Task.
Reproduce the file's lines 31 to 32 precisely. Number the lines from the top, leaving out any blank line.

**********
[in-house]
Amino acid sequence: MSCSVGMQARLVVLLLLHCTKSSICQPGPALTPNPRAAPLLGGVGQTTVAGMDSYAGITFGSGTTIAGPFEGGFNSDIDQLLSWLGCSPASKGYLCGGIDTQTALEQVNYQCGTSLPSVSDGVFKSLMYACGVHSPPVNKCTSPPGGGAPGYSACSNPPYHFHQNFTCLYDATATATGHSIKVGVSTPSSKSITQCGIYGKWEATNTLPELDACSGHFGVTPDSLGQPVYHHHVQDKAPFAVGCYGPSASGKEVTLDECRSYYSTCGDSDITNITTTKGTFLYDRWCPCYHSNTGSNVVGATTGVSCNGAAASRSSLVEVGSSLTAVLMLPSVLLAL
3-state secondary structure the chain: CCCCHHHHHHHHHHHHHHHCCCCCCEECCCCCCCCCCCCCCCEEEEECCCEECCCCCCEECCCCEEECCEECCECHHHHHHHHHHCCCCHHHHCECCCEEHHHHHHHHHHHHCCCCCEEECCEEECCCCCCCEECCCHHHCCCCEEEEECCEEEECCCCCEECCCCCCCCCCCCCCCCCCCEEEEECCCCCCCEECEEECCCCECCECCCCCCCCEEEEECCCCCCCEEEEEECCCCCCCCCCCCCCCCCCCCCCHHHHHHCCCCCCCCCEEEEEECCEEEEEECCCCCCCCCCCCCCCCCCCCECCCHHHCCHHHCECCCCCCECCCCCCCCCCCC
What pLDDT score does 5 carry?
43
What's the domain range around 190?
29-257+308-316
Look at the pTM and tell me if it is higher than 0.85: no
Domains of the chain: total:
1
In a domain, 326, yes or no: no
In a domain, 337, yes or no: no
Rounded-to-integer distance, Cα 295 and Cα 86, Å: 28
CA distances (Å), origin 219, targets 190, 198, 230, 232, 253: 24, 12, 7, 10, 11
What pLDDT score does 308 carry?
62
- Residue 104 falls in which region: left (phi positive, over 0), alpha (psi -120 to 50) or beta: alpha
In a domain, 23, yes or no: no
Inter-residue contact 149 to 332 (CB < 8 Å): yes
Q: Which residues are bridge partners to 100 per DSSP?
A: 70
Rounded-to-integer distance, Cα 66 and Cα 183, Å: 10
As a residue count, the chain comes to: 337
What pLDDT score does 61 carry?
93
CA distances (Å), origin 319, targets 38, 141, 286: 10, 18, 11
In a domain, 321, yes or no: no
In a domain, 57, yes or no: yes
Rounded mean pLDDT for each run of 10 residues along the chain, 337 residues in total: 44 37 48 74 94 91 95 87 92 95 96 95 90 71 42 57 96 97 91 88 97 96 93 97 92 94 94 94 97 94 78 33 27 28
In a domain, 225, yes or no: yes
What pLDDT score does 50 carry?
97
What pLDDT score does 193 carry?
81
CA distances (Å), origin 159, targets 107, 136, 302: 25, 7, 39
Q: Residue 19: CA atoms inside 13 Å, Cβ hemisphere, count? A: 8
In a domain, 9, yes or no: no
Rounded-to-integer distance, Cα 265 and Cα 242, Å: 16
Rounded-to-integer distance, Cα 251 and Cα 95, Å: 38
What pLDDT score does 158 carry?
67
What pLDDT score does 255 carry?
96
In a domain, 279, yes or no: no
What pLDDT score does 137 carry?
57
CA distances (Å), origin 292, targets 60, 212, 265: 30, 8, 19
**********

What pLDDT score does 50 carry?
97